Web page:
Despite the significant advancement in paediatric minimal invasive surgery and many complex procedures can be performed laparoscopically, complication still occur. Al-Hozaim et al. reported an overall complication rate of around 0.8% to 7.2% in a systematic review (5). Another review by Bischoff et al. also reported a high incidence of complication up to approximately 23% based on her review of 47 studies (6). The complications range from minor ones such as rectal prolapse, stenosis and infection to life-threatening complications such as bowel perforation and obstruction. Residual diverticulum at the bladder or urethra require special attention and occasional re-operation to correct.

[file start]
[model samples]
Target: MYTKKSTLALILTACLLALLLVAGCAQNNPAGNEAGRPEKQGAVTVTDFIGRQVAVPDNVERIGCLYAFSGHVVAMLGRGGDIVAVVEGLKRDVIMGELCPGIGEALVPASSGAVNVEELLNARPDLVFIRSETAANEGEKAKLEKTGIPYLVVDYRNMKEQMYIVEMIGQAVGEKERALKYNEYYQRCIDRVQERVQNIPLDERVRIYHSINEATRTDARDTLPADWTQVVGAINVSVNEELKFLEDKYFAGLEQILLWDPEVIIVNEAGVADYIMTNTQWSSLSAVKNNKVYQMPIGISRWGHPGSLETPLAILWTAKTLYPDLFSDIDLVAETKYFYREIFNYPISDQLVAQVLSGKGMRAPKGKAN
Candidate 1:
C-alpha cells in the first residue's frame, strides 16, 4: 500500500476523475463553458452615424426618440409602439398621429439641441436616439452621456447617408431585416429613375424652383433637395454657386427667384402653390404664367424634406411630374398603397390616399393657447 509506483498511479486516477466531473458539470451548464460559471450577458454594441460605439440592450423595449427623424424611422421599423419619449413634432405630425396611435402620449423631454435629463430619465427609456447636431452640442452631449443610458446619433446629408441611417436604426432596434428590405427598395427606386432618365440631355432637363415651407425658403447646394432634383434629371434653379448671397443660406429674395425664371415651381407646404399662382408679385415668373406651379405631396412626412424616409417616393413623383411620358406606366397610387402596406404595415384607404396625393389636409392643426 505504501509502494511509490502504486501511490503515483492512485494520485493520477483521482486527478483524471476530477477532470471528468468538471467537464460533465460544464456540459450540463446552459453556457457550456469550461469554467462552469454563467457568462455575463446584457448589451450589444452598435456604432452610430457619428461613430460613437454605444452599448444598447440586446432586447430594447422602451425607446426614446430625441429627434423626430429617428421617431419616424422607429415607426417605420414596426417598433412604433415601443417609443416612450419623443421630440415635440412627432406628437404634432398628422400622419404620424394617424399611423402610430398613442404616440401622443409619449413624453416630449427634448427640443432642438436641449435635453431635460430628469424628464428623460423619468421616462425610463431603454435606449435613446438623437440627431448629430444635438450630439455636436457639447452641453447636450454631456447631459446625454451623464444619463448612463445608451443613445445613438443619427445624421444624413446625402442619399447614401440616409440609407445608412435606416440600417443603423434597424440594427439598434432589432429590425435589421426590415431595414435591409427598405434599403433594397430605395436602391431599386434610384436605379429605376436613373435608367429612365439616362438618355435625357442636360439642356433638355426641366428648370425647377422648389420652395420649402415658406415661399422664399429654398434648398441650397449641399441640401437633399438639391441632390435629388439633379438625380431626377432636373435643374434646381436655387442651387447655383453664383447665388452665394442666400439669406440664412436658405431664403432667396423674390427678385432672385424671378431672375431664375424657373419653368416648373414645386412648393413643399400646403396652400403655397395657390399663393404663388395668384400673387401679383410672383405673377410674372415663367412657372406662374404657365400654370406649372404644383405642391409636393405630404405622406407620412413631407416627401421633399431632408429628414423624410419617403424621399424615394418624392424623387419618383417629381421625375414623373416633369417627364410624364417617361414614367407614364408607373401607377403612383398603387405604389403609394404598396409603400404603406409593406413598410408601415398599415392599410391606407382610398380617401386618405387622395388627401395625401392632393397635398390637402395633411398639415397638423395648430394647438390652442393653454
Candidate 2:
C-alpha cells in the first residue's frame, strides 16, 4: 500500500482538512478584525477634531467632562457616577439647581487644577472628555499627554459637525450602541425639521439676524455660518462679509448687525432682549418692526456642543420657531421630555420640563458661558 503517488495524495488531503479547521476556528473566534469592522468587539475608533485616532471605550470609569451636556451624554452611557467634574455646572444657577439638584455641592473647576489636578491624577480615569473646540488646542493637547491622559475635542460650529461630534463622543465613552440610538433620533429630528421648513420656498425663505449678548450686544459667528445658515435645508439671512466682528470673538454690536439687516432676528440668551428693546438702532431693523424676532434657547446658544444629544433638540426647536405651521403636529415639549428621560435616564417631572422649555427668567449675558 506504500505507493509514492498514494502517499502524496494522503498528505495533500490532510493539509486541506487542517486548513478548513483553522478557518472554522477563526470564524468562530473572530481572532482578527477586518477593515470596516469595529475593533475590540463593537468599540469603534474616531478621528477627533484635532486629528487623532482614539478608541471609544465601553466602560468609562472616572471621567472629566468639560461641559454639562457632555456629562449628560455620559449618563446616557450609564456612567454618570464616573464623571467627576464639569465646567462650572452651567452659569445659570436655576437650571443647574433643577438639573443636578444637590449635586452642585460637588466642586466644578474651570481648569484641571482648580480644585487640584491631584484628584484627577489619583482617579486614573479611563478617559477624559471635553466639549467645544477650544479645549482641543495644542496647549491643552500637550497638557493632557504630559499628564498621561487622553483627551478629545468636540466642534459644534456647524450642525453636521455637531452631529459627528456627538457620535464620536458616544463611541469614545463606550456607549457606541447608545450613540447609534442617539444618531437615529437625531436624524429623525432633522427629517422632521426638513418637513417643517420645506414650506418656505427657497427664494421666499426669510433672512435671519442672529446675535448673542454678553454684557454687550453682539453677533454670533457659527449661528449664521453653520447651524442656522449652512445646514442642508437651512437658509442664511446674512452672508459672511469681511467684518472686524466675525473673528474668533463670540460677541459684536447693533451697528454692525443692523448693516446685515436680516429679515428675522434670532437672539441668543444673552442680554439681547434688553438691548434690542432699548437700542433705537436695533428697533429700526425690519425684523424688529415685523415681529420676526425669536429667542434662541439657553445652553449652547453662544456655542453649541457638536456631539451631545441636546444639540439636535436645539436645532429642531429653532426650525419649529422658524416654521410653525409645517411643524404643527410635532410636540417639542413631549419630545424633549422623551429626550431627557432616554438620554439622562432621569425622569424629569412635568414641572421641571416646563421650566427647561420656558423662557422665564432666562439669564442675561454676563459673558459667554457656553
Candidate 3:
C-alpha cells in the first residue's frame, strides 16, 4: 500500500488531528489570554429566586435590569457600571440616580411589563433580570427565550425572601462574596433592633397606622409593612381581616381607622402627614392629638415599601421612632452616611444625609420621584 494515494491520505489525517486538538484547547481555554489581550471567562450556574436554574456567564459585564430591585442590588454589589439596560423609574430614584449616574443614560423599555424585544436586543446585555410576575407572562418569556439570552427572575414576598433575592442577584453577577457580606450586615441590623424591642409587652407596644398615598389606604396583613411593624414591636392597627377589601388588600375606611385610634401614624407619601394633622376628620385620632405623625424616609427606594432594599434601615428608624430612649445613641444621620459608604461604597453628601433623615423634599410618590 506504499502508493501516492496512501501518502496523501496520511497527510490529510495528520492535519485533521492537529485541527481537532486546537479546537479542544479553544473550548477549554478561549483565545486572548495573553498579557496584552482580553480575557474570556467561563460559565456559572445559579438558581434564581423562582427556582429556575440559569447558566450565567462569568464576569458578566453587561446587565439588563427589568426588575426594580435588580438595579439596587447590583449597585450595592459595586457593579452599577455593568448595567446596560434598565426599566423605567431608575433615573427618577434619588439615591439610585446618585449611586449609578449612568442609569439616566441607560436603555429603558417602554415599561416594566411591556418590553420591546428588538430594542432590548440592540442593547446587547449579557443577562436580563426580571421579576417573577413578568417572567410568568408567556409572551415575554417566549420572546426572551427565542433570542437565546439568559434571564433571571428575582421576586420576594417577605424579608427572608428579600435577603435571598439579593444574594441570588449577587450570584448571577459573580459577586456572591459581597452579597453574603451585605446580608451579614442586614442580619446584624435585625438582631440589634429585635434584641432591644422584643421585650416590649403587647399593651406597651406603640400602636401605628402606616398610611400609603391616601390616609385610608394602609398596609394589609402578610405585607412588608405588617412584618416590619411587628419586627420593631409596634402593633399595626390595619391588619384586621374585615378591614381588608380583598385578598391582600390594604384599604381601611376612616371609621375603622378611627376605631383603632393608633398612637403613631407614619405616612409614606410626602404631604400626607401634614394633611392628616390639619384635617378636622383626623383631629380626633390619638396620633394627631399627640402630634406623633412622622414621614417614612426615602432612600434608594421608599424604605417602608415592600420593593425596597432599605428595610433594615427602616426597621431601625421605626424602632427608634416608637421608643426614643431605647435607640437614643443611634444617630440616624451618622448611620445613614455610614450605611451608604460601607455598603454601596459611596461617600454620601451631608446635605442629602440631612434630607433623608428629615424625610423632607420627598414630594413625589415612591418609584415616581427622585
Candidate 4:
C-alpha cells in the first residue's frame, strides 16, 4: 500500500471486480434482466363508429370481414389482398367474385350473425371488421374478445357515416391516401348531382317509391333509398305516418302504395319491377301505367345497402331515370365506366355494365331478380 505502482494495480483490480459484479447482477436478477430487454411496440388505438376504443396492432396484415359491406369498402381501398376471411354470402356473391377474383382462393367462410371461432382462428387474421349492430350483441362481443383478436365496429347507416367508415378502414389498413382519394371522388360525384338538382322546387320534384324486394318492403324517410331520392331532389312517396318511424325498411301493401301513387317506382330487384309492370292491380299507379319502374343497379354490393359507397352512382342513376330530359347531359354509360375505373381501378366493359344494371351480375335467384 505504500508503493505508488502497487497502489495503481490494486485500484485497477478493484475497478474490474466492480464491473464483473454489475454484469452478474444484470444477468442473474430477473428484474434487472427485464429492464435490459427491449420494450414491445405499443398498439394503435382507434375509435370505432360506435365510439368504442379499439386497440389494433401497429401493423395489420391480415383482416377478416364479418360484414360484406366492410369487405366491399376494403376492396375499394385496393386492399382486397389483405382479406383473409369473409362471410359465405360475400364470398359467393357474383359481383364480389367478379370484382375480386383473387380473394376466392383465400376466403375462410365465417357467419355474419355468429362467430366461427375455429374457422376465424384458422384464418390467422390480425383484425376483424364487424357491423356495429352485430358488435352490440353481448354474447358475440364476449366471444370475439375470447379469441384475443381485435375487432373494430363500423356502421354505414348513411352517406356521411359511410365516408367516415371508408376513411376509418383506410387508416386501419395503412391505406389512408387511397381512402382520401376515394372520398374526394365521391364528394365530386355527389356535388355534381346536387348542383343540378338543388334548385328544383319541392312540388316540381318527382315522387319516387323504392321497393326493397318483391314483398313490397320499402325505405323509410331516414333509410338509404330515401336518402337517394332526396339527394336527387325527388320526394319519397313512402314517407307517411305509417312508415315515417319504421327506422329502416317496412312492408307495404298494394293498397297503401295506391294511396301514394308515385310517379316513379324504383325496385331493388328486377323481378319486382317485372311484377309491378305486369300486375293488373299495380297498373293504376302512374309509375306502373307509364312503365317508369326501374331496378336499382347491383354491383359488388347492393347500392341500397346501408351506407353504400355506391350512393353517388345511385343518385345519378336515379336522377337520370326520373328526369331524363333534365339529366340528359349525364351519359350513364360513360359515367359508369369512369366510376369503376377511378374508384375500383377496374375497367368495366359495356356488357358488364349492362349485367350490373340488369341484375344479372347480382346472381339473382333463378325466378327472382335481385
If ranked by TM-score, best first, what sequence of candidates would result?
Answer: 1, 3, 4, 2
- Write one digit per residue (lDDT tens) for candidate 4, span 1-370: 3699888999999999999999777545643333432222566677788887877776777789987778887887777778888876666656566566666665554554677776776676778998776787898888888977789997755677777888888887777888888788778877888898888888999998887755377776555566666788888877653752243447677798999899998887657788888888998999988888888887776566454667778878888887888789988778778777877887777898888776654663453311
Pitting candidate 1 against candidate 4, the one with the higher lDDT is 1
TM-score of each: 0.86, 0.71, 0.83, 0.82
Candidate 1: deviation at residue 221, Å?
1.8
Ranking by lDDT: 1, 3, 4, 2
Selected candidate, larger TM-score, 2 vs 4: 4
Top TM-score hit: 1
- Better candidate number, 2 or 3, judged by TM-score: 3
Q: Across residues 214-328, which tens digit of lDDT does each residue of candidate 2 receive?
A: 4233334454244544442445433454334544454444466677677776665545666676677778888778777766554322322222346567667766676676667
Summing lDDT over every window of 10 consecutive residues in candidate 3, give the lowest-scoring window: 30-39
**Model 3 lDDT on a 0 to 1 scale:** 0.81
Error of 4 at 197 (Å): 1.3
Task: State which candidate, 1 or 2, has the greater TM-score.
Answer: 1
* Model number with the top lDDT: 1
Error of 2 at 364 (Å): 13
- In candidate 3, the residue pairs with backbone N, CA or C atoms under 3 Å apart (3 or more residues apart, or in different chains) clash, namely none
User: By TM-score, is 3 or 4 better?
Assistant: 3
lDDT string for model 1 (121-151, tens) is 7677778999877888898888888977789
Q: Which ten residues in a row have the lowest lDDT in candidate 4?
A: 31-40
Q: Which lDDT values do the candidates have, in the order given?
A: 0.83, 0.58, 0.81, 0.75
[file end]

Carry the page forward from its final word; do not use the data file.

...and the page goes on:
During the early period of LARP, Lin et al. has reported the defecation status of 9 patients with intermediate-/high-type malformations receiving LARP and 13 patients with receiving the Pena operation [posterior sagittal anorectoplasty (PSARP)] (7). It was found out that 77.8% LARP patients had acceptable bowel frequency in contrast to 58.3% PSARP patients at one year after the operation. Few years later, Tong and Kudou et al. (8,9) reported the midterm outcome of the two operations using Kelly’s score. Both studies reported a satisfactory continence in LARP patients. A further prospective study by Ichijo et al. (10) compared the defecation status after the two operations with continence evaluation questionnaire (CEQ). In this study, patients with LARP were found to have a higher CEQ scores than PSARP patients, in particular in the assessment of frequency of motions, staining/soiling and incidence of erosion. More recently, Wong et al. (11) carried out a retrospective review to compare the mid-term result at 5-year interval. A total of 89% LARP patients had voluntary bowel movements as compared to 80% PSARP patients. 44% LARP patients had soiling as compared to 55% PSARP patients. LARP has the additional benefit of shorter hospital stay and creating less surgical trauma.